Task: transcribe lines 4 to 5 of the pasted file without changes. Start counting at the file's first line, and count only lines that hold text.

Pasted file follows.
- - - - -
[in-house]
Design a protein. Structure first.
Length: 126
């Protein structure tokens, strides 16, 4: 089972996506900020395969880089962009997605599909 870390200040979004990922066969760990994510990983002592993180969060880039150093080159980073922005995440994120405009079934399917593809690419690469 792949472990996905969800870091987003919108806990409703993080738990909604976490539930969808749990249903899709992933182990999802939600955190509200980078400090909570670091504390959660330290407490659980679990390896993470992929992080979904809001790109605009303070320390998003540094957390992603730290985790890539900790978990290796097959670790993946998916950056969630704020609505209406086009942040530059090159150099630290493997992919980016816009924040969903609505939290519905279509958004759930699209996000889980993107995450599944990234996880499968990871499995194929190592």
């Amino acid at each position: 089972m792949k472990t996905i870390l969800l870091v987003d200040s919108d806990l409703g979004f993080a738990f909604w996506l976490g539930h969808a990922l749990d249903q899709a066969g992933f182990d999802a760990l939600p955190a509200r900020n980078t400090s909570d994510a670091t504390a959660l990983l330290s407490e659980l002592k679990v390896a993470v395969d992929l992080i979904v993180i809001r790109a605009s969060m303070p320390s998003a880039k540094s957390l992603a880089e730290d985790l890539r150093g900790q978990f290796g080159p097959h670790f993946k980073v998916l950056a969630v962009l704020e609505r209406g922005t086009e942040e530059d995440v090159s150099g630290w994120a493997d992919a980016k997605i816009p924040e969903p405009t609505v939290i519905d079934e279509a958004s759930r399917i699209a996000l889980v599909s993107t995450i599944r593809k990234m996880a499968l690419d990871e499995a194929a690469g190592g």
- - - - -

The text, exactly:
């Protein structure tokens, strides 16, 4: 089972996506900020395969880089962009997605599909 870390200040979004990922066969760990994510990983002592993180969060880039150093080159980073922005995440994120405009079934399917593809690419690469 792949472990996905969800870091987003919108806990409703993080738990909604976490539930969808749990249903899709992933182990999802939600955190509200980078400090909570670091504390959660330290407490659980679990390896993470992929992080979904809001790109605009303070320390998003540094957390992603730290985790890539900790978990290796097959670790993946998916950056969630704020609505209406086009942040530059090159150099630290493997992919980016816009924040969903609505939290519905279509958004759930699209996000889980993107995450599944990234996880499968990871499995194929190592």
């Amino acid at each position: 089972m792949k472990t996905i870390l969800l870091v987003d200040s919108d806990l409703g979004f993080a738990f909604w996506l976490g539930h969808a990922l749990d249903q899709a066969g992933f182990d999802a760990l939600p955190a509200r900020n980078t400090s909570d994510a670091t504390a959660l990983l330290s407490e659980l002592k679990v390896a993470v395969d992929l992080i979904v993180i809001r790109a605009s969060m303070p320390s998003a880039k540094s957390l992603a880089e730290d985790l890539r150093g900790q978990f290796g080159p097959h670790f993946k980073v998916l950056a969630v962009l704020e609505r209406g922005t086009e942040e530059d995440v090159s150099g630290w994120a493997d992919a980016k997605i816009p924040e969903p405009t609505v939290i519905d079934e279509a958004s759930r399917i699209a996000l889980v599909s993107t995450i599944r593809k990234m996880a499968l690419d990871e499995a194929a690469g190592g």